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Extra Large Quilt Tote
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Extra Large Quilt Tote


Supplies needed

Decorator fabric 1 ½ yards by 45 inches

Size 14 needle                    Hem gauge or similar                  Frixion pen or other erasable marking tool

Pinking scissors, if you have them


Prepare fabric

Fold fabric in half selvages to folded edge and trim both ends.

Open fabric out and refold it so the selvage edges are on both sides and your freshly trimmed edges are the top. You will cut off about 4 inches plus the selvage edge on sides of the fabric for the two straps. You may need to trim more if the selvage is big, but you should end up with two pieces of 4 inch by about 56 inch fabric. This is the length of your fabric.

 If your fabric is 54 inches wide you will want to trim an additional 10 inches from just one edge. You could use this to make a pocket in the front or ? ? ? ? ? ?



Turn under about ½ inch and then another ½ inch on both ends of the straps. Press and then stitch both ends. This finishes the ends.

 Now fold the  strap in half the long way and press. Open it up and press about ½ under on both edges. Press again , it’s OK if you lose the center press line as you won’t need it again. Now fold the long strap in half matching the edges and give one more press. This may seem like a lot of pressing, but it will make your future sewing faster and much more accurate. Edge stitch around the whole strap using your Size 14 needle. I use 3.0 setting on my machine. Repeat for the other strap.

Top hems

Using the short side edges of the bag hem the top edges by turning under ½ inch pressing and then turn under about 1 inch and press again. Do both edges this way and then edge stitch (3.0) once again.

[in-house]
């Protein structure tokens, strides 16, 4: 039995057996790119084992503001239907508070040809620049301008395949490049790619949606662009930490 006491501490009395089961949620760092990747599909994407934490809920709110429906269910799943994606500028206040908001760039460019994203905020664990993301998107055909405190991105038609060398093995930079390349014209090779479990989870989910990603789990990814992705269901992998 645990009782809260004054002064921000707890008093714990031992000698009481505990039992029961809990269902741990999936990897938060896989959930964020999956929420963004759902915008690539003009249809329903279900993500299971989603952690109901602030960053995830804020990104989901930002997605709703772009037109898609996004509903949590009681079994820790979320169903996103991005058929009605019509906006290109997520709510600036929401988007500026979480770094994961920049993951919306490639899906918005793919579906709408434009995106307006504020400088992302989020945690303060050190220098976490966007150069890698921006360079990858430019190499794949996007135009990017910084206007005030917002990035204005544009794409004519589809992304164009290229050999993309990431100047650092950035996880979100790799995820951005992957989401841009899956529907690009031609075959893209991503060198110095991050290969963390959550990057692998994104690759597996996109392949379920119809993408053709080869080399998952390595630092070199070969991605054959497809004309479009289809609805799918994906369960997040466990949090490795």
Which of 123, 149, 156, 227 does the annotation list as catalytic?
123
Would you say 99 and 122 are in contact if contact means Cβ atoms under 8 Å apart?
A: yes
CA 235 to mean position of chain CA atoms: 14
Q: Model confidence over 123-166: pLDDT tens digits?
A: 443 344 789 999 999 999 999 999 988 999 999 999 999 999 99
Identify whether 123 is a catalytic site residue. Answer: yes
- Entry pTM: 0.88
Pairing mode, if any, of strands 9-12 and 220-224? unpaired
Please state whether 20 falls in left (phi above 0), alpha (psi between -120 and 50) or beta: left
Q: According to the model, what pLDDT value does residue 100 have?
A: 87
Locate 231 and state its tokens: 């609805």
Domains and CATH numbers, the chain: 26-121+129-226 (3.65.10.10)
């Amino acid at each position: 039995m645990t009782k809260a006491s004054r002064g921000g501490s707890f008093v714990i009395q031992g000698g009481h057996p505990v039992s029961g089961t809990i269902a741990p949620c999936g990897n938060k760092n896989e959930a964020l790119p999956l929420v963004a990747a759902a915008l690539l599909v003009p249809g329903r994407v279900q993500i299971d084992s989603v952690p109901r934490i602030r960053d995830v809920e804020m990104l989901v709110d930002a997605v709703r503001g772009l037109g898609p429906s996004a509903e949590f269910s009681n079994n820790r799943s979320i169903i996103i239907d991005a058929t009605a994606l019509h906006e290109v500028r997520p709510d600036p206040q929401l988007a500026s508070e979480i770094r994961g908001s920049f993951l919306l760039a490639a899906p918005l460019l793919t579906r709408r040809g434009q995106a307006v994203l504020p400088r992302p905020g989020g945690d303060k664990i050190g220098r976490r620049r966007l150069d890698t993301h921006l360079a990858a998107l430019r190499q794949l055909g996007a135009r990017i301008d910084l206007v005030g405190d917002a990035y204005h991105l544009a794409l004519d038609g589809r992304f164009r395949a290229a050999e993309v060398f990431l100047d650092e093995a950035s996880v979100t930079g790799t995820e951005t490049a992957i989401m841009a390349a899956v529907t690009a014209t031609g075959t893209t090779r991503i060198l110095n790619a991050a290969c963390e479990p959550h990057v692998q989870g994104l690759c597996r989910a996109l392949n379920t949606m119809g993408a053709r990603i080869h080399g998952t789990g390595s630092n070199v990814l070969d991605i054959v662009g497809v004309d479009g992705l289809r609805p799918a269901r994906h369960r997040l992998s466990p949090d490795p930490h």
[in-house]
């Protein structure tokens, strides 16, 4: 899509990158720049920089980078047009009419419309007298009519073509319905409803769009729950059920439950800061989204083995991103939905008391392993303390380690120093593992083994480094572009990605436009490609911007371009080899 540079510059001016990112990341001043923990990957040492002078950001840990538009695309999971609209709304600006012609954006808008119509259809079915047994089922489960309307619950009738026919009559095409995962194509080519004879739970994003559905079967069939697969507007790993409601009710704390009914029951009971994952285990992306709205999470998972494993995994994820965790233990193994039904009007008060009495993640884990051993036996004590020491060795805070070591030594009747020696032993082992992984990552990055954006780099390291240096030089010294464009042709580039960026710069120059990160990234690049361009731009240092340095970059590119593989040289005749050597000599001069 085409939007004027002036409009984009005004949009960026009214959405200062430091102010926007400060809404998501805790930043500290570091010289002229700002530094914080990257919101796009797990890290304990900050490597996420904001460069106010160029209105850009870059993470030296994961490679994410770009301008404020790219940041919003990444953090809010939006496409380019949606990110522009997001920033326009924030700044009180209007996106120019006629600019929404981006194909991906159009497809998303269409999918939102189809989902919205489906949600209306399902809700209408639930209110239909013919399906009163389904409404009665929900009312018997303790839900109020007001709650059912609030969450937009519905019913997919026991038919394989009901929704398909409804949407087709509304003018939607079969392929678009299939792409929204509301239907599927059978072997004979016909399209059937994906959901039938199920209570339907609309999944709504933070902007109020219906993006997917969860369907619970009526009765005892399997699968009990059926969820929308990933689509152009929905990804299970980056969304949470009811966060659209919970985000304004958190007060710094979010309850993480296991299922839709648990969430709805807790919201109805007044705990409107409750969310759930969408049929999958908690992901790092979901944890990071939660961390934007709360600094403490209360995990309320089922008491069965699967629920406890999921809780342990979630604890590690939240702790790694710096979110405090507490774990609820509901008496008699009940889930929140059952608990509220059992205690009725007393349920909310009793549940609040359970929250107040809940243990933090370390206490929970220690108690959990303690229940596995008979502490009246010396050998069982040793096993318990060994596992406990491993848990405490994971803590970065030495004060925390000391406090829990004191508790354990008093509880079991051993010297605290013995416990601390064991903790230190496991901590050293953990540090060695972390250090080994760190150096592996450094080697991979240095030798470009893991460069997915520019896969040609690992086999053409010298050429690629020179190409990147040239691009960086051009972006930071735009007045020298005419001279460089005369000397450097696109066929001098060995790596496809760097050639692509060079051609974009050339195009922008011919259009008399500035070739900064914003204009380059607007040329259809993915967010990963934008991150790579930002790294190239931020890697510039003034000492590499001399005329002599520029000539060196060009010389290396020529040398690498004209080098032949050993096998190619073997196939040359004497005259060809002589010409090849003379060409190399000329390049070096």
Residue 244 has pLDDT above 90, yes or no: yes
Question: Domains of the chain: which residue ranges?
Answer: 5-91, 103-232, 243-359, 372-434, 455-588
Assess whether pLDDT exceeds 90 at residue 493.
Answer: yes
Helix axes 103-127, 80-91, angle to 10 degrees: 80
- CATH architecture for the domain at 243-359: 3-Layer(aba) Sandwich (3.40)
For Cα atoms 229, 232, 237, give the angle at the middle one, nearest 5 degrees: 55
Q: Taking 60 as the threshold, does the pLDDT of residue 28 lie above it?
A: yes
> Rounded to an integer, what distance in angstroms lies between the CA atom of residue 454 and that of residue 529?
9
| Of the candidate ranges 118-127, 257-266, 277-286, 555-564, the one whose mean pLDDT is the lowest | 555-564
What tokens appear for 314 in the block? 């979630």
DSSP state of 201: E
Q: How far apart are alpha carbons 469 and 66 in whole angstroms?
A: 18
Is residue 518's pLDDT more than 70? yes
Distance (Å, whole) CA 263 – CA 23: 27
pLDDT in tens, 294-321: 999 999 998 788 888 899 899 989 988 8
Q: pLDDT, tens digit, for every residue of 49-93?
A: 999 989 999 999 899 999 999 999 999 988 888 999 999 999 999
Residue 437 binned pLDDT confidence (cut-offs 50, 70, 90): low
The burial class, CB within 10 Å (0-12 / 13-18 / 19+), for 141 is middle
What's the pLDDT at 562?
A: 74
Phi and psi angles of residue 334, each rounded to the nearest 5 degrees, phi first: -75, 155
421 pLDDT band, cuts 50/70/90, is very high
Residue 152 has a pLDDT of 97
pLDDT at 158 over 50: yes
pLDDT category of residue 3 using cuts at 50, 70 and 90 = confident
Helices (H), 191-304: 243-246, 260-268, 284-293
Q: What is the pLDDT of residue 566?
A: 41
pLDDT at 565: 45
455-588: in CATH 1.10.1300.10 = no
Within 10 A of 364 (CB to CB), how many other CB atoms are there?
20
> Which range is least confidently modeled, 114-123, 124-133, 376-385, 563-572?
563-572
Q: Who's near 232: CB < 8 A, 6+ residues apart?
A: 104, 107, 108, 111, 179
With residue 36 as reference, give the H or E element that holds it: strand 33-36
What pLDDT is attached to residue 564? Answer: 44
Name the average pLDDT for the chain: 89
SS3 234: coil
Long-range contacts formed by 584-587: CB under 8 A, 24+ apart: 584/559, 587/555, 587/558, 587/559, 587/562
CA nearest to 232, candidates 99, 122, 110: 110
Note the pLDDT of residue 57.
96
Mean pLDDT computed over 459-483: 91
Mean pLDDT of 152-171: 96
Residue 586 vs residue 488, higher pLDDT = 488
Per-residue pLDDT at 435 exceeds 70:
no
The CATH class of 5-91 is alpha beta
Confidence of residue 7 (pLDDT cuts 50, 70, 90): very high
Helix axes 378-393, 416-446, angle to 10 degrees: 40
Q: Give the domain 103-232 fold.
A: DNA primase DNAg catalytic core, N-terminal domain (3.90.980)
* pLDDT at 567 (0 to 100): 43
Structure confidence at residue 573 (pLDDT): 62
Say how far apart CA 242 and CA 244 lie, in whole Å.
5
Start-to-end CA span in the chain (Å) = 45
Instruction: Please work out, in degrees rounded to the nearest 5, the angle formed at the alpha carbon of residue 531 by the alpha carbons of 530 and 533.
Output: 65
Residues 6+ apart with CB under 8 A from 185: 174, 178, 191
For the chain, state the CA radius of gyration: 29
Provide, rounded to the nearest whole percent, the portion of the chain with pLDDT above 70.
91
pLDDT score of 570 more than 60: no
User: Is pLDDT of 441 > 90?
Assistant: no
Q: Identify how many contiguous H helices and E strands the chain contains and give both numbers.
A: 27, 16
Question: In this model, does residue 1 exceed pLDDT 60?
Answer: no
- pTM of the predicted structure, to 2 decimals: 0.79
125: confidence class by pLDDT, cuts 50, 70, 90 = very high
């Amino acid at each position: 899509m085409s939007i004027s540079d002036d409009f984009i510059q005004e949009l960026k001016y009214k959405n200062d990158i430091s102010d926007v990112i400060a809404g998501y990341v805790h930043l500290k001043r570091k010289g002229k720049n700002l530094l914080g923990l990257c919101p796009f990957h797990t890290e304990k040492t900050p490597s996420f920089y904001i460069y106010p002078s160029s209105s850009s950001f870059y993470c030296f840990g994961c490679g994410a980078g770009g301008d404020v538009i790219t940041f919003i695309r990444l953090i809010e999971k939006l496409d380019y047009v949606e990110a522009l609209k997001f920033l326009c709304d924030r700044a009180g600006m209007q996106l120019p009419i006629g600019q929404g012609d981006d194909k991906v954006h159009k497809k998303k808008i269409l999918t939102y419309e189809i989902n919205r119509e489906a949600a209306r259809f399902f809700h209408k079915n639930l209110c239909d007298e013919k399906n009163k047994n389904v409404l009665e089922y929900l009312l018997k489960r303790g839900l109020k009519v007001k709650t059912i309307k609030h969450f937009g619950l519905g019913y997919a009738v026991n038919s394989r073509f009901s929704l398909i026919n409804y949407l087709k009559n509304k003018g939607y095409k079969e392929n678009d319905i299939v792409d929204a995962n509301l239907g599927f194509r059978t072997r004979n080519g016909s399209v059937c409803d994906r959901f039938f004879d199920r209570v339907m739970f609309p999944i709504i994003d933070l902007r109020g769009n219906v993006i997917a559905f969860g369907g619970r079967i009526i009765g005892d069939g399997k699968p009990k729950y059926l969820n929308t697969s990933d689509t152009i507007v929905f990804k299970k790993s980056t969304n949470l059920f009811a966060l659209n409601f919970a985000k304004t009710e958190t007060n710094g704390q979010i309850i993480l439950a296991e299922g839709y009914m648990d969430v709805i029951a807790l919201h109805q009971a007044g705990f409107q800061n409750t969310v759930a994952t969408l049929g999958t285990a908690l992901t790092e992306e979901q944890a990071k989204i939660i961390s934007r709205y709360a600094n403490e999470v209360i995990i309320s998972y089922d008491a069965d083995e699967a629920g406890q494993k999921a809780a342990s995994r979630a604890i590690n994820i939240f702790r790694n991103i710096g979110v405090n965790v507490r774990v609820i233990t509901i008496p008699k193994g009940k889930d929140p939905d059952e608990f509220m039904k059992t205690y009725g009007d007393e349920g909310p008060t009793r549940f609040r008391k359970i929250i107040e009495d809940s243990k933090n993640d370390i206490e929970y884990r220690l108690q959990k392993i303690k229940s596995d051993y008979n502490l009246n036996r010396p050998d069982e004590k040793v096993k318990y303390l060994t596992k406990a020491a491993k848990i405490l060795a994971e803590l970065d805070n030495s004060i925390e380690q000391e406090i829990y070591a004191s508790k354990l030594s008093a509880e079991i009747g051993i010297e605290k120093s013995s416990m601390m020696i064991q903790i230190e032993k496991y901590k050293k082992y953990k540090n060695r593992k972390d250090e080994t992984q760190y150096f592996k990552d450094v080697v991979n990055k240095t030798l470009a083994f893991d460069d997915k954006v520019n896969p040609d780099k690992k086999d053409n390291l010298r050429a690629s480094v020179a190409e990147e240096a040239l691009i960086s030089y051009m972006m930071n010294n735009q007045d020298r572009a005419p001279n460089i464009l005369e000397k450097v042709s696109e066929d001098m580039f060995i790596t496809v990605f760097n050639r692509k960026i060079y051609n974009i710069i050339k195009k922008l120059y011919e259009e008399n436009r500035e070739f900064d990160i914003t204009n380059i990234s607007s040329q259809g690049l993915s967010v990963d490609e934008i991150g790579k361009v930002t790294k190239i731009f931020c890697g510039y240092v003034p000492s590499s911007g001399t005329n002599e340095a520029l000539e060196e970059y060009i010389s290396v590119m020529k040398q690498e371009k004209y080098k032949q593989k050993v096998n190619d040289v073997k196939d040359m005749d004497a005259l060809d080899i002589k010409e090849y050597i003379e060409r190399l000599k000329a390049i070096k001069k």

Attach straps

Place bag on table with two finished edges at the top. Go in from each side (unfinished edges) about 10 inches and place a line of marking. This should be about 13 to 14 inches long.

Fold each strap in half and put a line about 14 inches from the center of each strap. Place that line on the top edge of your finished hems.

Open bag all the way so you are only working on one layer. Place strap on bag. Put the line you marked on the strap at the top hemmed edge of the bag on both sides. You will use the lines you drew 10 inches in from unfinished edges as your placement guide. I like to place the folded edge of the strap going to the center of the bag, but it’s your choice. Pin and then back to the old top stitching. Try to stitch where you stitched before. The bag police will not come get you if you get off a bit. To add a bit more strength to the strap stitch down the middle of the strap.

Now you need to sew an X on both the top and the bottom of the strap so that sucker won’t go anywhere.  Attach the other strap in the same way. You are in the home stretch now.

If you had extra fabric then you would add a pocket at this stage of the game.

Side seams

You will be making French seams (no need to speak French).

Place wrong sides of fabric together. Let me say that one more time. Put the WRONG sides of the fabric together. Trust me here. Stitch about ½ inch and trim to ¼ with your pinking scissors if you have them. Fold the seam the opposite way so the right sides are together like you are used to. You need to finger press this edge flat. Stitch about ½ inch or a bit more. You have to be sure you have enclosed the previously stitched seam. Now all those nasty raw edges are enclosed and protected from raveling.

Boxing the bottom

Now doesn’t this sound fun? Turn the bag inside out and press the bag in half so you have a crease all the way across the very bottom. 

At the bottom of the bag you will place the seam edge on top of the crease you pressed in. Make sure the seam matches the crease up about 3 inches. Make a dot up 4 ½  inches on each side and then draw a line to connect the dots. Do you remember how much fun that used to be?  Stitch on that line and then using a zig zag stitch you will stitch just below that line. Trim off extra fabric.  Repeat for the other side. I’ll bet you guessed that part all by yourself.

Closures for top edge

You can use Velcro or make buttonholes evenly places across the top to keep your bag closed. And of course you’ll need some buttons. You could also use snaps or ??????????



That’s all folks! Carry your quilts to show and tell safely and cleanly.

This bag is big enough that you could carry an 18 by 24 cutting mat easily with lots of room left over for other good stuff.